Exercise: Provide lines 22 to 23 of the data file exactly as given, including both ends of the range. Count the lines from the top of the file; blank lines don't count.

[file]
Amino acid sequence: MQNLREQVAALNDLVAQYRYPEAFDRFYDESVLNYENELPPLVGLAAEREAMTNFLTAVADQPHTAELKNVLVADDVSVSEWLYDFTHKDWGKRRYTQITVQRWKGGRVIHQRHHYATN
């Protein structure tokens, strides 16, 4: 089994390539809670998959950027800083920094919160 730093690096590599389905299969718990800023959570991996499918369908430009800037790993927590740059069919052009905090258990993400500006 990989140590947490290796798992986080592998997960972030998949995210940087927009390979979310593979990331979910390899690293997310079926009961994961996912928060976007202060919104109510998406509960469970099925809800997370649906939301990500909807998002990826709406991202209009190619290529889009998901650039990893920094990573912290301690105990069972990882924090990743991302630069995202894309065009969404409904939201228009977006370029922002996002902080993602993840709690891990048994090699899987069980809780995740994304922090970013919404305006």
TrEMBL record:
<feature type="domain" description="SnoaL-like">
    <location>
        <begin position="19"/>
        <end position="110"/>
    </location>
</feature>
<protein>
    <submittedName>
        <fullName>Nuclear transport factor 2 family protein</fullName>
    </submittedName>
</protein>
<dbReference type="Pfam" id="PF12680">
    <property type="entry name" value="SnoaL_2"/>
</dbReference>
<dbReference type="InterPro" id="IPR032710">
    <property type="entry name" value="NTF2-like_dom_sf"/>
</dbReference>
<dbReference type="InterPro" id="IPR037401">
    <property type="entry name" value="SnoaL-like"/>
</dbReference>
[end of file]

    <property type="entry name" value="SnoaL-like"/>
</dbReference>